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Brief on the Importance of Legal Aid in HIV Prevention and Treatment

By: Open Society Foundations

For criminalized populations such as drug users, sex workers, and men who have sex with men, difficulties with the legal system impose a substantial barrier to HIV prevention and treatment. In multiple countries, HIV prevention programs have documented police harassment at methadone and needle exchange sites, prosecution for possession of sterile injection paraphernalia, and detention or police questioning as a result of being enrolled in drug treatment. Additional legal problems include lack of necessary documents for accessing medical treatment, use of criminalized status or registries to remove child custody or drivers’ licenses, and subjecting those seeking treatment to medical or police surveillance. For example, police violence and threat of incarceration are correlated in injection drug users with hurried injection, sharing of injection equipment, and ARV treatment interruption.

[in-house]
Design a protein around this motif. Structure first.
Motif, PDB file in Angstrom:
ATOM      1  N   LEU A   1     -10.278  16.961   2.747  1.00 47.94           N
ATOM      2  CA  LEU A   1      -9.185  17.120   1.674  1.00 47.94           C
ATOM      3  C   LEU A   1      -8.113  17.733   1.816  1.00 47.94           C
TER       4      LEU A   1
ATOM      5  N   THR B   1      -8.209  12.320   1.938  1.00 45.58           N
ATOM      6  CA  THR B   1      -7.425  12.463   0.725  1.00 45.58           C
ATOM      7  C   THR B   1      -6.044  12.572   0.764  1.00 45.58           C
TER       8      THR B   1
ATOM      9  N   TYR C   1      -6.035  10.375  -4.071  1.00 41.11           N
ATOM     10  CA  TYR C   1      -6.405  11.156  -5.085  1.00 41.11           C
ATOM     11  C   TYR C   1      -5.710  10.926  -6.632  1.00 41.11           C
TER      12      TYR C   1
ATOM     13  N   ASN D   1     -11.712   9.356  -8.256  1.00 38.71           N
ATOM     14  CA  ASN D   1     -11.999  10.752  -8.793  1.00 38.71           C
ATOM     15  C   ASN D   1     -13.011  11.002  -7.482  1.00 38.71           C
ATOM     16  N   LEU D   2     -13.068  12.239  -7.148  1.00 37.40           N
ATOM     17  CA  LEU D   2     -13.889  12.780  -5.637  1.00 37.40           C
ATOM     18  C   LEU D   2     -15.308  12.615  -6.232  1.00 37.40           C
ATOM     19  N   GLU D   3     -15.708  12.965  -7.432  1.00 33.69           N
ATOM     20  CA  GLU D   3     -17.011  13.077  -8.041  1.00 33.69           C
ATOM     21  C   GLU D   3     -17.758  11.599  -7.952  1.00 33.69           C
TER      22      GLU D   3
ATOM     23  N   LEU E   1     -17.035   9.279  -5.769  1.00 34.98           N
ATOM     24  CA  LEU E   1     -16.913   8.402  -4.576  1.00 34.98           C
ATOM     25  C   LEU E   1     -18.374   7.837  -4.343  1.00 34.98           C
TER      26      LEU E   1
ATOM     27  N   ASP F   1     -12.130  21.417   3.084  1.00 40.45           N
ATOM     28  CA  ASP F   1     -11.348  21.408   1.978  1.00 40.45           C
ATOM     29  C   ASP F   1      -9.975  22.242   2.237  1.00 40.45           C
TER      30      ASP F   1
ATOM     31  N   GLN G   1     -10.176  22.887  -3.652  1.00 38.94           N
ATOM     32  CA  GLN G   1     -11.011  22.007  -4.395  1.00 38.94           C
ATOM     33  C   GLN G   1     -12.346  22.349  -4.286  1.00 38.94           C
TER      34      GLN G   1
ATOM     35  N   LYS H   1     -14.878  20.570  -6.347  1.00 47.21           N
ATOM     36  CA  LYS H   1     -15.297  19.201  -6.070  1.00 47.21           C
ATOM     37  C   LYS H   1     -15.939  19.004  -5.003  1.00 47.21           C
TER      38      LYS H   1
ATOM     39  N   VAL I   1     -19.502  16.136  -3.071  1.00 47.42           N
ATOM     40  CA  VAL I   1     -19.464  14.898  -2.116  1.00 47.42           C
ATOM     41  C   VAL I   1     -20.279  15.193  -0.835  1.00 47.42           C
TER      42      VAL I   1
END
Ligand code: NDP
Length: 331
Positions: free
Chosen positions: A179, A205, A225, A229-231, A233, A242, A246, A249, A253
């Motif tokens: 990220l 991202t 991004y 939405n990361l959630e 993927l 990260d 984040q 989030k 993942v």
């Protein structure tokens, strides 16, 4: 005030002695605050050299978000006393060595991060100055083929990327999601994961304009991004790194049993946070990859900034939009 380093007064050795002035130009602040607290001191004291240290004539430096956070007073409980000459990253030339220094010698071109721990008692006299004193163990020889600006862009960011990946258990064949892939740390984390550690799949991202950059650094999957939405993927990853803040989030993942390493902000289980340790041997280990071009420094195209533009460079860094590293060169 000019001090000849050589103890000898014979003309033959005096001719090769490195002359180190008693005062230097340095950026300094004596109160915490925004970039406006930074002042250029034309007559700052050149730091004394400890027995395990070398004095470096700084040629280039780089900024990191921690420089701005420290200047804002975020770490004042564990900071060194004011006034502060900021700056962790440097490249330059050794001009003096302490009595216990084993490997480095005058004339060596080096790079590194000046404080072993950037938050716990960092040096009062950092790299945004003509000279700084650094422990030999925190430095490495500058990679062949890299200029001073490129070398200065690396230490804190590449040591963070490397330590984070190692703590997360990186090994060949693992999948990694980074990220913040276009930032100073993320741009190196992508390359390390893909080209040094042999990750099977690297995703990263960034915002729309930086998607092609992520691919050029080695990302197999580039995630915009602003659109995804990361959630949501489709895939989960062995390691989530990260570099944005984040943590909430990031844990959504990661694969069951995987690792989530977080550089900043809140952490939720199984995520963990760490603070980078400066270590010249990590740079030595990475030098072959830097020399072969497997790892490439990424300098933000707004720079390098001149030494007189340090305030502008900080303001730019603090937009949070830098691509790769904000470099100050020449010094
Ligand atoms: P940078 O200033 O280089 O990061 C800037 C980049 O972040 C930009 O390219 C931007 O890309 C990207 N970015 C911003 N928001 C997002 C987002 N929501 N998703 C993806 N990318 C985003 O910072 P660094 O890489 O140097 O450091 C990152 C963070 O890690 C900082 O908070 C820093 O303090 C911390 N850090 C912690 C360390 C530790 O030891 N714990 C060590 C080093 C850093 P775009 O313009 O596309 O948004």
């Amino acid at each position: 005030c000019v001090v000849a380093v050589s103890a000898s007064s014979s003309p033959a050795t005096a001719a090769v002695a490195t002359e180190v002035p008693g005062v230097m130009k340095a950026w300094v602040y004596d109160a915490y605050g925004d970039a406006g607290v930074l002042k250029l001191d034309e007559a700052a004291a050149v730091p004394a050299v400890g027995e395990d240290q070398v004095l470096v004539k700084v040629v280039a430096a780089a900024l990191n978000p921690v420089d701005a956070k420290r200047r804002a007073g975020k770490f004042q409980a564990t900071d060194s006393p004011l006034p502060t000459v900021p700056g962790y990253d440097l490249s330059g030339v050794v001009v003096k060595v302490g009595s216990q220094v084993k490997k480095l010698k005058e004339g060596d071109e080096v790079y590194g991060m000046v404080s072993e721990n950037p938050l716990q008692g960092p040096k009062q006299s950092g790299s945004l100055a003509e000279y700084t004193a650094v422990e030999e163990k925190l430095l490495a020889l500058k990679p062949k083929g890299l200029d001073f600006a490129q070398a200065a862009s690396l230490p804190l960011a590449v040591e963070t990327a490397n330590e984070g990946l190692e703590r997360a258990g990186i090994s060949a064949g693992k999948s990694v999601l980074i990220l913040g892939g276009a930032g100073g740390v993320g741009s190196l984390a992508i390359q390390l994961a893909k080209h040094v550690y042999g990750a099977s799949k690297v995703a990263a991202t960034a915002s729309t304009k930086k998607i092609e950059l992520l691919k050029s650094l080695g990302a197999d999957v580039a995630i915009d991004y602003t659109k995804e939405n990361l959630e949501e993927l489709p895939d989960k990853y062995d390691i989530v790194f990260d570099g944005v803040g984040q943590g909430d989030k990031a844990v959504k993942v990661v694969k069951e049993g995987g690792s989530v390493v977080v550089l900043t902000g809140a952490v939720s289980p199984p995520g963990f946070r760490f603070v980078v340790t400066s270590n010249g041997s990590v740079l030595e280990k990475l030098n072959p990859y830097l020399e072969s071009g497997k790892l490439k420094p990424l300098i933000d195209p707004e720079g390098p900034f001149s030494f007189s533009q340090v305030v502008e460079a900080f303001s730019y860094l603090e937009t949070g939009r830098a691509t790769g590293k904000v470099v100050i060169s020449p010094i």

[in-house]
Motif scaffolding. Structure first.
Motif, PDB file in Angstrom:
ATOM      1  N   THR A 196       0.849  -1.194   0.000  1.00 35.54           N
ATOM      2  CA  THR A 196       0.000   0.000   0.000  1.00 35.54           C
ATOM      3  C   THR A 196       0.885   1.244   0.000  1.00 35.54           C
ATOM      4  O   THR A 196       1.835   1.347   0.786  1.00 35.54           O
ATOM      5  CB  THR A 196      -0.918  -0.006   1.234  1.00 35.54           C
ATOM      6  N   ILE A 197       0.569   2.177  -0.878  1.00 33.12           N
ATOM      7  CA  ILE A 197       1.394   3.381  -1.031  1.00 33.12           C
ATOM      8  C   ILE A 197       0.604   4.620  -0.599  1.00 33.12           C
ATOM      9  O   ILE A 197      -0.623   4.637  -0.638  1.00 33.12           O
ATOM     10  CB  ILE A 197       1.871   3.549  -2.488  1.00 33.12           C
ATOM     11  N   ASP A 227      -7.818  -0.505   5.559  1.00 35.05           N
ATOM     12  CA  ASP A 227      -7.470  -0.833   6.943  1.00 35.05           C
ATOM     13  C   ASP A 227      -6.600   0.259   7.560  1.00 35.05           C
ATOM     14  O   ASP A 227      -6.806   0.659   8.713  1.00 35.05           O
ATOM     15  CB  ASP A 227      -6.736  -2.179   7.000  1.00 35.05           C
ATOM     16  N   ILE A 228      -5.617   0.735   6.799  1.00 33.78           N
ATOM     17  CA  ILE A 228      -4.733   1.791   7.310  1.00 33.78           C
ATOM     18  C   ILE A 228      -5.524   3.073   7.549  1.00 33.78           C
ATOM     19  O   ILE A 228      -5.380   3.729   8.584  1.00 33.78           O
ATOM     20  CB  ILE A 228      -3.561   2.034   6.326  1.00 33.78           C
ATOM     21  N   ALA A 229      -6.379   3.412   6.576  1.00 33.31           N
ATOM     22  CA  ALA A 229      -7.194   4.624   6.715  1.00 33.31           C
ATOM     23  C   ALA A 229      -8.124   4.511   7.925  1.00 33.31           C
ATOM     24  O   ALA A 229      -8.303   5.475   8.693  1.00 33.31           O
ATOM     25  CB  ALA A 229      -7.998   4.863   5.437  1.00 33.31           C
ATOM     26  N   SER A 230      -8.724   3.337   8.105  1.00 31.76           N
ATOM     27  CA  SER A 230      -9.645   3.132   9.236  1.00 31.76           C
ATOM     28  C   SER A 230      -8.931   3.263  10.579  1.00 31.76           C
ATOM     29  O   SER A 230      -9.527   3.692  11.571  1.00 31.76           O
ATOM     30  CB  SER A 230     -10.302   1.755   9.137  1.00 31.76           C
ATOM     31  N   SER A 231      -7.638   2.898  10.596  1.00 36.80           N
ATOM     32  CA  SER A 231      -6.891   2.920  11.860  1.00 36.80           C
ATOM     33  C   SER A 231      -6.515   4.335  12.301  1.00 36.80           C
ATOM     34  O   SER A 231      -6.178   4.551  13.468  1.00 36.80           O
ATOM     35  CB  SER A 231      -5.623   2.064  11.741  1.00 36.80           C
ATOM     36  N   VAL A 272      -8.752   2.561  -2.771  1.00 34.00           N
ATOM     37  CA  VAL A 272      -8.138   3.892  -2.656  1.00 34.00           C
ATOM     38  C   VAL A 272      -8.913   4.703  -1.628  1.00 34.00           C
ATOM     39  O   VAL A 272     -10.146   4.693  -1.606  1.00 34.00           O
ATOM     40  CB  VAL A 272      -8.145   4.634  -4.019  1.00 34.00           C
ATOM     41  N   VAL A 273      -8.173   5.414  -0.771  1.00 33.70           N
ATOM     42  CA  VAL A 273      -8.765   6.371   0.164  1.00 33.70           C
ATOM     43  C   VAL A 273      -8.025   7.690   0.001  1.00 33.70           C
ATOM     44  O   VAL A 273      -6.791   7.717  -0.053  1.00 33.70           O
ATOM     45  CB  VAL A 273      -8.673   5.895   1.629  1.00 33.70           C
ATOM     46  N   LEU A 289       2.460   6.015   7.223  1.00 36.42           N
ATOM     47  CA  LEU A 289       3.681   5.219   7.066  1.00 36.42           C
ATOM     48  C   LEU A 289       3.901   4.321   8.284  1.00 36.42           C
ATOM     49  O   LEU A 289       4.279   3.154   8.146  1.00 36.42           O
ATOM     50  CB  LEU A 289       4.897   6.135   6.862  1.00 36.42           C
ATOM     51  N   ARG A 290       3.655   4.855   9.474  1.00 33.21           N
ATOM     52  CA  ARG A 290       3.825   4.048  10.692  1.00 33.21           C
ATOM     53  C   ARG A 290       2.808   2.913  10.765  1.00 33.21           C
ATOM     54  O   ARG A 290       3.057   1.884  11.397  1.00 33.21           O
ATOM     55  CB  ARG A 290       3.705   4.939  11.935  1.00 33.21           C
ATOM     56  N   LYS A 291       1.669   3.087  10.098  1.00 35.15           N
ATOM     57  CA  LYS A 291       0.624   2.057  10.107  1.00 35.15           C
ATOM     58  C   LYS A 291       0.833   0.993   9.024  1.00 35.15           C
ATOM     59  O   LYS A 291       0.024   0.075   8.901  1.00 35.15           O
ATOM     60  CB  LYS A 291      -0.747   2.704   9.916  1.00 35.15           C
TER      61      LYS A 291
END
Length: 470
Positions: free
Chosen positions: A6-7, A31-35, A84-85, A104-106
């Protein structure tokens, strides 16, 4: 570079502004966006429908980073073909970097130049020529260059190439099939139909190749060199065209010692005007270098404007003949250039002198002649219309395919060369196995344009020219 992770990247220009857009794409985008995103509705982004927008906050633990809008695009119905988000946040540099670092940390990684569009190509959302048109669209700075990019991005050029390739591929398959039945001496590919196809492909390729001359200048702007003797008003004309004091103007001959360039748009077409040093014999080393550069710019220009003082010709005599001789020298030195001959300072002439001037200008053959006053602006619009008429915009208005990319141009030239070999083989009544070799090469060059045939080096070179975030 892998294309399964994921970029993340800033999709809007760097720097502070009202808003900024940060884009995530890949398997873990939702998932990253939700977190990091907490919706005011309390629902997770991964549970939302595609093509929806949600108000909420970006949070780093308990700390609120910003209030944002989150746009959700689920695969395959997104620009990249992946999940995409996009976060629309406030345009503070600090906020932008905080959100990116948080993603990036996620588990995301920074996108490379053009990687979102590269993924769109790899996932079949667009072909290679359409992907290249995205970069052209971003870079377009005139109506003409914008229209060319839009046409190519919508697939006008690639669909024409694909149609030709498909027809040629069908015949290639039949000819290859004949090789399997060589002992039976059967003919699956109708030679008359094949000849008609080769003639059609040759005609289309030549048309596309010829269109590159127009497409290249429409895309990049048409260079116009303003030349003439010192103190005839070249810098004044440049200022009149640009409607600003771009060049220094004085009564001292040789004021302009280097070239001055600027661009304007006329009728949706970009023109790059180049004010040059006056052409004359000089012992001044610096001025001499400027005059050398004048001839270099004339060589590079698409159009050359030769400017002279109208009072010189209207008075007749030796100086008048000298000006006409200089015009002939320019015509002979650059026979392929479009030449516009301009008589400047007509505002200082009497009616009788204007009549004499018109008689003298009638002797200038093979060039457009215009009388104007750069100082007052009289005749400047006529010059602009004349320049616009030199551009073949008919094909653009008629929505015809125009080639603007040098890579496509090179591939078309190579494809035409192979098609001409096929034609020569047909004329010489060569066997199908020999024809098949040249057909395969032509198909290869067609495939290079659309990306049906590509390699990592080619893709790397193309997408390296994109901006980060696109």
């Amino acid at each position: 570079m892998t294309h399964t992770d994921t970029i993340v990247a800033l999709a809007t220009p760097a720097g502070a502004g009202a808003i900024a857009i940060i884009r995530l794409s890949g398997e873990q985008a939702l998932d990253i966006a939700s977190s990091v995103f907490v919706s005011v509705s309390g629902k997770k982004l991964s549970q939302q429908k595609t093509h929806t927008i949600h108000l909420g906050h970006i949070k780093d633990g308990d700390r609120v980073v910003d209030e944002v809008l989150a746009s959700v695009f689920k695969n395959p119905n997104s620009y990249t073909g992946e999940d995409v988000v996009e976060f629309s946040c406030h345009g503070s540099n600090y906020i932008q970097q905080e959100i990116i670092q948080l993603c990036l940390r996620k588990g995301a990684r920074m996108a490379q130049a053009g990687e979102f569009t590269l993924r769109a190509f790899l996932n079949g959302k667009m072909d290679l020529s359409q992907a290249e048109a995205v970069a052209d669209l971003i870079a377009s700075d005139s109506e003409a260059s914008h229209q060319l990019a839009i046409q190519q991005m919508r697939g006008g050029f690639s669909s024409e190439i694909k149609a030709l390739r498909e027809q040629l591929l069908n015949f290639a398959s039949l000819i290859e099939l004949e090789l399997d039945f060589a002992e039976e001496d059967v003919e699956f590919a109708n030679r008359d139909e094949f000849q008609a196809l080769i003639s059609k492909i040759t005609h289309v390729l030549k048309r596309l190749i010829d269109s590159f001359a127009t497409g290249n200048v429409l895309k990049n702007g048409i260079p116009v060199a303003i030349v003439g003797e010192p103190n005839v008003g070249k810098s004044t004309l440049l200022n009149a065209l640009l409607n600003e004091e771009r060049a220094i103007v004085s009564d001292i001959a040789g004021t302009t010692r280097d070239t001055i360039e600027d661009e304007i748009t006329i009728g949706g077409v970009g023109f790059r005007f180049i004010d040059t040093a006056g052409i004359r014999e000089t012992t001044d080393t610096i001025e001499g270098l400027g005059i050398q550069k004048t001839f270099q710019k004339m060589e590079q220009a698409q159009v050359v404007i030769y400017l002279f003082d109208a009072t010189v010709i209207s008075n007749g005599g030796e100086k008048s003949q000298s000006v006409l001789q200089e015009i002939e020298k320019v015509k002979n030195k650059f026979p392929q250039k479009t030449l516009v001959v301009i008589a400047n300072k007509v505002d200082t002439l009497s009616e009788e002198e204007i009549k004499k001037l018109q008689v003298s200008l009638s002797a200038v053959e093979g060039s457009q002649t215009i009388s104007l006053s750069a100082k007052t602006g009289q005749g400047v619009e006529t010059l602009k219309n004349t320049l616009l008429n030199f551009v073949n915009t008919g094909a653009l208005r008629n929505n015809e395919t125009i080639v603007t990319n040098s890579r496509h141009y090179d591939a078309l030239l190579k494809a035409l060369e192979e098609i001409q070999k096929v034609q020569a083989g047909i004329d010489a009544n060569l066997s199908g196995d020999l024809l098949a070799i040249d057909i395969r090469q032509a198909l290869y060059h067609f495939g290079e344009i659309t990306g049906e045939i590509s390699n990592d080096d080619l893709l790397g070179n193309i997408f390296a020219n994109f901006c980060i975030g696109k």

The provision of legal aid to increase access to justice has resulted in increased access to health services, improved health outcomes, and increased sense of self-efficacy among criminalized groups. In a variety of low- and middle-income countries, legal aid has been integrated into harm reduction services at minimal cost.